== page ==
While Alex Estroff was earning his undergraduate degrees in journalism and political science at the University of Georgia, he aspired to pursue a career in sports. But, after taking Communications Law, he recognized that he liked the law just as much, so his plans changed. Upon graduation, he moved to Washington, D.C. where he interned for Congressman John Lewis for six months-- an experience that he says helped prepare him for law school. While there, Estroff says that Lewis emphasized the importance of speaking up and taking action in the face of injustice. With this mantra in mind, he applied to Georgia State College of Law, and he has been involved with the Pro Bono Program since his first year. He has volunteered with the Atlanta Volunteer Lawyers Foundation; participated in an Alternative Spring Break Trip at Stewart Detention Center; and is now the student director of the Pro Bono Program. Here, he discusses his passion for service.
Where does your passion for service and politics come from?
It’s something that was instilled in me by my parents and grandparents. As you advance in life, I think that you have an obligation to give back and do what you can to help out. My grandparents were influential in teaching me the importance of giving back. It’s something that I always try to maintain wherever I go.
How did you get involved with the Pro Bono Program and what do you do as student director?
I began volunteering my first semester with the Atlanta Volunteer Lawyers Foundation Safe & Stable Homes Project. I went to a few shifts and I liked it a lot. Second semester, I spent a week at Stewart Detention Center in Lumpkin, Georgia on an Alternative Spring Break Trip helping the Southern Poverty Law Center advocate for immigrants who were being detained. Stewart Detention Center was eye-opening. Everything around immigration is politicized right now, but the thing that most people don’t get to hear is the stories of people and how they got here.
As student director, I help connect students with volunteer opportunities with different legal organizations across the state. It’s different from an internship or externship because students can sign up for a two to three-hour shift, so it’s catered toward the needs of law students who may not have a lot of time. This year, we’ve had more than 950 hours of student pro bono work.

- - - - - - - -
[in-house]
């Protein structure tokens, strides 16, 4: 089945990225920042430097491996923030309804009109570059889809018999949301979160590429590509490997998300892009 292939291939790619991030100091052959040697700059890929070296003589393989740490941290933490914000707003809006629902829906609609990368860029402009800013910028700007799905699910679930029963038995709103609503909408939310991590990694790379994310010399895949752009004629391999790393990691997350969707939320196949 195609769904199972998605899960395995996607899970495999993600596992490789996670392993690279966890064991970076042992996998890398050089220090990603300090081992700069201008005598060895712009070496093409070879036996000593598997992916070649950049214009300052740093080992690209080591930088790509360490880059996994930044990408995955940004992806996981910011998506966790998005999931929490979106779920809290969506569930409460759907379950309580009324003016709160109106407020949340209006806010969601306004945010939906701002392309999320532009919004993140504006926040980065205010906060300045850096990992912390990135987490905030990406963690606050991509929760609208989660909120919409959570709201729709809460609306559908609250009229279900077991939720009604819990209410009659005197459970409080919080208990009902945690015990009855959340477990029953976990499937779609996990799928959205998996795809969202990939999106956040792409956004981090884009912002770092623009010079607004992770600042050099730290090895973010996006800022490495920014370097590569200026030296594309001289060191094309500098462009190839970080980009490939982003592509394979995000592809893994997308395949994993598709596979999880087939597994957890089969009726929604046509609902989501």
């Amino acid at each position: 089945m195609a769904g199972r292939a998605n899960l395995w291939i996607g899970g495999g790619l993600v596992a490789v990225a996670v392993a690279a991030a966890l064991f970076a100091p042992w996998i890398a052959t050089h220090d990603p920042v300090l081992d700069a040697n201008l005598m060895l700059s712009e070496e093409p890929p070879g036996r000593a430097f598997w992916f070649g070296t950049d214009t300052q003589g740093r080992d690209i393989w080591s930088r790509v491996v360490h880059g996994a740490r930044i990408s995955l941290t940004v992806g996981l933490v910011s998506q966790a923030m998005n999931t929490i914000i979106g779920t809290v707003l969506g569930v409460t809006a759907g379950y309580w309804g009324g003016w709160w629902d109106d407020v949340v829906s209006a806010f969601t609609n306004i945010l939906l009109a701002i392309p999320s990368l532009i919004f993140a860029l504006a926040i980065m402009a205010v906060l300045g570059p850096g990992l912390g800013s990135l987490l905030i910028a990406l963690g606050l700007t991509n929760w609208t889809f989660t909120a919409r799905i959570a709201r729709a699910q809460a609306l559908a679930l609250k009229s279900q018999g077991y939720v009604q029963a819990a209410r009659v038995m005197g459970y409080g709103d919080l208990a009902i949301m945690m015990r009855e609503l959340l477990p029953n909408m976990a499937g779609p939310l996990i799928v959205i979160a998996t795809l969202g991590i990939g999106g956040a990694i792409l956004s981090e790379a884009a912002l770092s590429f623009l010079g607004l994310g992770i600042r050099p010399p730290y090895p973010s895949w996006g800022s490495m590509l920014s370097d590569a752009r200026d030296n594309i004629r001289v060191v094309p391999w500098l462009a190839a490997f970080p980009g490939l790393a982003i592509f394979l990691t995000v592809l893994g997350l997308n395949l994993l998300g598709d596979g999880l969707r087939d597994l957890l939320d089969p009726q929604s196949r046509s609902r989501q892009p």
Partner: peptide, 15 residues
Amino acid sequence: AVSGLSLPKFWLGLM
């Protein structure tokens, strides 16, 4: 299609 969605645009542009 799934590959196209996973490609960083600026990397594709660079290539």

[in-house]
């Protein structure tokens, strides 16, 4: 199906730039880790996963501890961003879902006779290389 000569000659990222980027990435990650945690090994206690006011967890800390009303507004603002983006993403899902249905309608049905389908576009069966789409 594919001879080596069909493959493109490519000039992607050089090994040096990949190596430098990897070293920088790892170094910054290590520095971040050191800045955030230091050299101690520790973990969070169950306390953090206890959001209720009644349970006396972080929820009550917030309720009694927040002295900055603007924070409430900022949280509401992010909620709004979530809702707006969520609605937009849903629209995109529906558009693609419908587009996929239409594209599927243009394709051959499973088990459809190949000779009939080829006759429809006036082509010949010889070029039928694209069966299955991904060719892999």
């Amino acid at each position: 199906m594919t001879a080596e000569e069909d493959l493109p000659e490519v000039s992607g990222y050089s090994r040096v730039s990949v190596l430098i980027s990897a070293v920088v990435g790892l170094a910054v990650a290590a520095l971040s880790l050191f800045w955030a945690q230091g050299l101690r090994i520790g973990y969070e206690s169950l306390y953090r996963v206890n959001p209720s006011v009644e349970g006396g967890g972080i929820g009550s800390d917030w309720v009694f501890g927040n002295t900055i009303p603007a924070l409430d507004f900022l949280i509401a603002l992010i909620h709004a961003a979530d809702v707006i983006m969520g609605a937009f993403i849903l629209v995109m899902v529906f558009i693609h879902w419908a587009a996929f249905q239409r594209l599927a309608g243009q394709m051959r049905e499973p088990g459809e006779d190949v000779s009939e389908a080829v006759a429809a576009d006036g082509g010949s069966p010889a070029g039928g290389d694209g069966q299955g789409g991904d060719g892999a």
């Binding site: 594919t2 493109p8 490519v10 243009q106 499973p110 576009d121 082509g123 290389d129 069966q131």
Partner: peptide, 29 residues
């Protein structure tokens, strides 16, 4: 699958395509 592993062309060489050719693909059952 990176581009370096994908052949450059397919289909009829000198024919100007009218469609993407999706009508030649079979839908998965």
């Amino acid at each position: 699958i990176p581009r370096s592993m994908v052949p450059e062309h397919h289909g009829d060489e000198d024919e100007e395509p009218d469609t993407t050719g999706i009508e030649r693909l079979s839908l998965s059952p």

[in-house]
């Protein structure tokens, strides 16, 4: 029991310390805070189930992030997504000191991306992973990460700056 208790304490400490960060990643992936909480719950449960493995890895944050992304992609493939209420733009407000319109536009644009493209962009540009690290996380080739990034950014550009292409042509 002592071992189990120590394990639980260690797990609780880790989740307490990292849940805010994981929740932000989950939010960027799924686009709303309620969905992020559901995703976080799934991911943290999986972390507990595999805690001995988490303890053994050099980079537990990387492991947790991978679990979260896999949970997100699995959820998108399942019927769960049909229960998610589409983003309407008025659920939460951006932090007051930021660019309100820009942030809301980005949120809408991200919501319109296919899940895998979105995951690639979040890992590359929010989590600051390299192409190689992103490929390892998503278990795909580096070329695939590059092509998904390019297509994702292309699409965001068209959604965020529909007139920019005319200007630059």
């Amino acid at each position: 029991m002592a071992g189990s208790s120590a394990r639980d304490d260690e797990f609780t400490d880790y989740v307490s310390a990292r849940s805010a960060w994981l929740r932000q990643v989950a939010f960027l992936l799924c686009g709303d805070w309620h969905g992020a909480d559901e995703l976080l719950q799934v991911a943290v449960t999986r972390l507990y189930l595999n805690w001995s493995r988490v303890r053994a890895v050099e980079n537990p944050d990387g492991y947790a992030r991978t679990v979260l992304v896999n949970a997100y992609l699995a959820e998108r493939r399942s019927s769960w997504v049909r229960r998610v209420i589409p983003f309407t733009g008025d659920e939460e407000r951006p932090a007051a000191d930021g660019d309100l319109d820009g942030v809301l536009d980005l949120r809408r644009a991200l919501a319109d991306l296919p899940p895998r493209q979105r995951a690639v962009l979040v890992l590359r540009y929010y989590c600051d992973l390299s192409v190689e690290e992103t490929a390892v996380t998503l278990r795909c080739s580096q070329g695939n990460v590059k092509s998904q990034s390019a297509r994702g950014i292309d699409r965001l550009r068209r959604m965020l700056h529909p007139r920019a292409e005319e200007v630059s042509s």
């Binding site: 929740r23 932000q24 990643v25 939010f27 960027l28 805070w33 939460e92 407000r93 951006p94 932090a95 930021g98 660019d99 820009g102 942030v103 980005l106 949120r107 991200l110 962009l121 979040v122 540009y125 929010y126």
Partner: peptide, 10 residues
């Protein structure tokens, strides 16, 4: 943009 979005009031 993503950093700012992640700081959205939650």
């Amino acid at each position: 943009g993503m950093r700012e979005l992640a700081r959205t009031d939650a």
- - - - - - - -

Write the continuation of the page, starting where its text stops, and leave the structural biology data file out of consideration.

Have you participated in any internships/externships/clinics or other experiential learning opportunities?
Right now, I’m externing for Judge Jill Prior at the 11th Circuit Court of Appeals. I applied through the school’s externship program, which made it very easy. Plus, the College of Law is a five-minute walk from the Court of Appeals. Prior to the [Coronavirus pandemic,] I was doing research and writing for Judge Prior’s opinions, watching oral arguments and helping with bench memos. Just talking with Judge Prior and her clerks was the most valuable part of it, because you get to hear how a federal judge thinks about [various legal issues].
What experience have you had at GSU Law so far that you don’t think you would have gotten anywhere else?
First and foremost, the community and the students. It might be kind of cliché and trite to say, but I’m continually in awe of my fellow students. There are so many students from different walks of life, and I don’t know if other schools have that diversity. Coupled with that, professors really care about how students do. Georgia State has such a strong commitment to serving the community.
What advice would you give someone who is considering law school?
If you’re considering law school, I would say think carefully about the decision. It’s a lot of work, but it teaches you skills that you can use anywhere in life. I also have to emphasize how impressed I am by my classmates. You’re going to work hard anywhere you go, but one of the things that makes Georgia State worth it is being around people you enjoy being around.
Interview by Kelundra Smith